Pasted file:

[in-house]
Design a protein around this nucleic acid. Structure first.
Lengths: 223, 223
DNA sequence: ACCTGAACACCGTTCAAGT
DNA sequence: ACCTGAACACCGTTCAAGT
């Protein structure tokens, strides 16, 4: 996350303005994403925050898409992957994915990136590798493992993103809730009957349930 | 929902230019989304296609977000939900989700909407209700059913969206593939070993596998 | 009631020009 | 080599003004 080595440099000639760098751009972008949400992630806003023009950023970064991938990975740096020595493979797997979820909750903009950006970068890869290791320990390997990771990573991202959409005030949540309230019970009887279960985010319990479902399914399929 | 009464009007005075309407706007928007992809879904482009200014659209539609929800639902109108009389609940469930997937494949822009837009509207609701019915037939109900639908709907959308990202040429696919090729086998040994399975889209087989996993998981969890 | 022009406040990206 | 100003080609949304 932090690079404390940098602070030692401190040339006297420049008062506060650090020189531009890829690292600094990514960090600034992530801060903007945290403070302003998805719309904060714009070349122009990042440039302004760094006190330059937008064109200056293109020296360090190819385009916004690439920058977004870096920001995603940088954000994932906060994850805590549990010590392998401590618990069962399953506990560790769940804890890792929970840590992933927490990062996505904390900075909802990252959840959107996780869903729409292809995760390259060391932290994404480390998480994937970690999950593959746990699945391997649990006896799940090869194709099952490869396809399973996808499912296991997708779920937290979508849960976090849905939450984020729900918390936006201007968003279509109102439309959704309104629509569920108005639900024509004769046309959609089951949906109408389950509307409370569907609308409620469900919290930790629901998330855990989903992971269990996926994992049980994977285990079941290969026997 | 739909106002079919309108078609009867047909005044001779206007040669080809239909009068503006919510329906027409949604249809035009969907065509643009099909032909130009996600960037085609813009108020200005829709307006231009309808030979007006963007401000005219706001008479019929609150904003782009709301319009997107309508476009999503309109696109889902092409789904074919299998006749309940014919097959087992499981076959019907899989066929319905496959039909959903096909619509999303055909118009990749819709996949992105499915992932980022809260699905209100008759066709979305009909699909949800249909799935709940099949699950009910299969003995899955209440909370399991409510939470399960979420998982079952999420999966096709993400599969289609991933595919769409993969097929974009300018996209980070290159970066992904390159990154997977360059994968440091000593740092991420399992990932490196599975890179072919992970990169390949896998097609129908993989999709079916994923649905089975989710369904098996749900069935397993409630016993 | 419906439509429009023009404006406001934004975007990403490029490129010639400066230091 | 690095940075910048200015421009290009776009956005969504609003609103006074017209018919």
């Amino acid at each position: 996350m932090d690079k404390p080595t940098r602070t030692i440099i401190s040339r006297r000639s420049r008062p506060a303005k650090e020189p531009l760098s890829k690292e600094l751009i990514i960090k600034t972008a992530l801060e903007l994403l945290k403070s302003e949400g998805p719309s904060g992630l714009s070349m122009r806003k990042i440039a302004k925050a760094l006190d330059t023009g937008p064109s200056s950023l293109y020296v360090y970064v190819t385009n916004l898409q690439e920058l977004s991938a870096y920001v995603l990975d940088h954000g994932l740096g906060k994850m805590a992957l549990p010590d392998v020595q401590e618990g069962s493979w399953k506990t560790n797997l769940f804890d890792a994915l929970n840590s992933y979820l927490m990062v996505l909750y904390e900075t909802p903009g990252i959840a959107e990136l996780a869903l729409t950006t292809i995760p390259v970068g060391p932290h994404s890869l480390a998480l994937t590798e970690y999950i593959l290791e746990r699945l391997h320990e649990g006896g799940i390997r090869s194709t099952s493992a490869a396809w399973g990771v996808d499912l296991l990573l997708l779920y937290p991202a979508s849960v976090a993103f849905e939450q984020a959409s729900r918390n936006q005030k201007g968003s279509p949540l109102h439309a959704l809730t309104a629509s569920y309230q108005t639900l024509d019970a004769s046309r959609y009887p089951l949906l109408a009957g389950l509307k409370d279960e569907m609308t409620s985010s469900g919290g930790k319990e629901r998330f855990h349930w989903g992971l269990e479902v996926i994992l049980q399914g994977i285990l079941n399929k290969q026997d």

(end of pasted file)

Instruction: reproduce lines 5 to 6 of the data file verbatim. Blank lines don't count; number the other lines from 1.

DNA sequence: ACCTGAACACCGTTCAAGT
């Protein structure tokens, strides 16, 4: 996350303005994403925050898409992957994915990136590798493992993103809730009957349930 | 929902230019989304296609977000939900989700909407209700059913969206593939070993596998 | 009631020009 | 080599003004 080595440099000639760098751009972008949400992630806003023009950023970064991938990975740096020595493979797997979820909750903009950006970068890869290791320990390997990771990573991202959409005030949540309230019970009887279960985010319990479902399914399929 | 009464009007005075309407706007928007992809879904482009200014659209539609929800639902109108009389609940469930997937494949822009837009509207609701019915037939109900639908709907959308990202040429696919090729086998040994399975889209087989996993998981969890 | 022009406040990206 | 100003080609949304 932090690079404390940098602070030692401190040339006297420049008062506060650090020189531009890829690292600094990514960090600034992530801060903007945290403070302003998805719309904060714009070349122009990042440039302004760094006190330059937008064109200056293109020296360090190819385009916004690439920058977004870096920001995603940088954000994932906060994850805590549990010590392998401590618990069962399953506990560790769940804890890792929970840590992933927490990062996505904390900075909802990252959840959107996780869903729409292809995760390259060391932290994404480390998480994937970690999950593959746990699945391997649990006896799940090869194709099952490869396809399973996808499912296991997708779920937290979508849960976090849905939450984020729900918390936006201007968003279509109102439309959704309104629509569920108005639900024509004769046309959609089951949906109408389950509307409370569907609308409620469900919290930790629901998330855990989903992971269990996926994992049980994977285990079941290969026997 | 739909106002079919309108078609009867047909005044001779206007040669080809239909009068503006919510329906027409949604249809035009969907065509643009099909032909130009996600960037085609813009108020200005829709307006231009309808030979007006963007401000005219706001008479019929609150904003782009709301319009997107309508476009999503309109696109889902092409789904074919299998006749309940014919097959087992499981076959019907899989066929319905496959039909959903096909619509999303055909118009990749819709996949992105499915992932980022809260699905209100008759066709979305009909699909949800249909799935709940099949699950009910299969003995899955209440909370399991409510939470399960979420998982079952999420999966096709993400599969289609991933595919769409993969097929974009300018996209980070290159970066992904390159990154997977360059994968440091000593740092991420399992990932490196599975890179072919992970990169390949896998097609129908993989999709079916994923649905089975989710369904098996749900069935397993409630016993 | 419906439509429009023009404006406001934004975007990403490029490129010639400066230091 | 690095940075910048200015421009290009776009956005969504609003609103006074017209018919």